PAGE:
- In the next five years, Dr. Acker believes that TMVR is going to “take-off” as physicians may be able to replace mitral valves without opening the heart, without cardiopulmonary bypass and without using sutures.
- An underlying innovation resulting from medical advances within heart valve treatment is that newer techniques and technologies enable physicians to treat new patient populations that previously had no therapies available to them.
Thanks Dr. Acker & Penn Medicine!
Many thanks to Dr. Acker for taking time away from his very busy practice to share these fantastic insights with our patient community. In addition, I’d like to thank Penn Medicine for taking care of so many patients in our community including Patricia Garcia, Michael Casey, and Theresa Gusset who Dr. Acker successfully operated on.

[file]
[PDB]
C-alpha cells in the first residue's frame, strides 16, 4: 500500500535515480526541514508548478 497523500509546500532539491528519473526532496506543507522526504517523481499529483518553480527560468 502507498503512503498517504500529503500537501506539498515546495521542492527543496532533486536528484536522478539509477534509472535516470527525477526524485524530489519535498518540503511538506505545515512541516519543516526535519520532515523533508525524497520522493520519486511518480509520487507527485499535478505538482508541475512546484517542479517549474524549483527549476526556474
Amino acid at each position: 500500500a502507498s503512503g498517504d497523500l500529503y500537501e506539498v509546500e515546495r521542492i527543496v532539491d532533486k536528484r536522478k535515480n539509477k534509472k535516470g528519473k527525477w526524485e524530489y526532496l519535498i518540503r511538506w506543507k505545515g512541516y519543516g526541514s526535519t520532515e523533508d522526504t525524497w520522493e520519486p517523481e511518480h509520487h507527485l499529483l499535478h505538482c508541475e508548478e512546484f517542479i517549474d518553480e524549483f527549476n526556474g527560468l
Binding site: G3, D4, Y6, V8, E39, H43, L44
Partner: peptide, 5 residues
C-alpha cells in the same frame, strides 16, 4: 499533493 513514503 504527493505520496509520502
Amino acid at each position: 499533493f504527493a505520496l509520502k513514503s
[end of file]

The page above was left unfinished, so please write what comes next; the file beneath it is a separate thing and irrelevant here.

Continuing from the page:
- See Dr. Acker’s Interactive Surgeon Profile
- Explore the Penn Medicine Heart Valve Microsite
- Clinical Trial Alert: REPAIR MR Now Enrolling Mitral Valve Patients
Keep on tickin!
Adam Pick: Hi, everybody. It’s Adam with heartvalvesurgery.com, and this is a special surgeon question and answer session all about the future of hear valve therapy. I am thrilled to be joined by Dr. Michael Acker who is the Chief of the Division of Cardiovascular Surgery at Penn Medicine in Philadelphia, Pennsylvania. During his incredible career, Dr. Acker has performed over 9000 cardiac procedures, of which 3000 have involved either a valve repair or valve replacement. Needless to say, I’m excited to bring him onto the call. Dr. Acker, are you there?
Dr. Acker: Yes. Hi, Adam.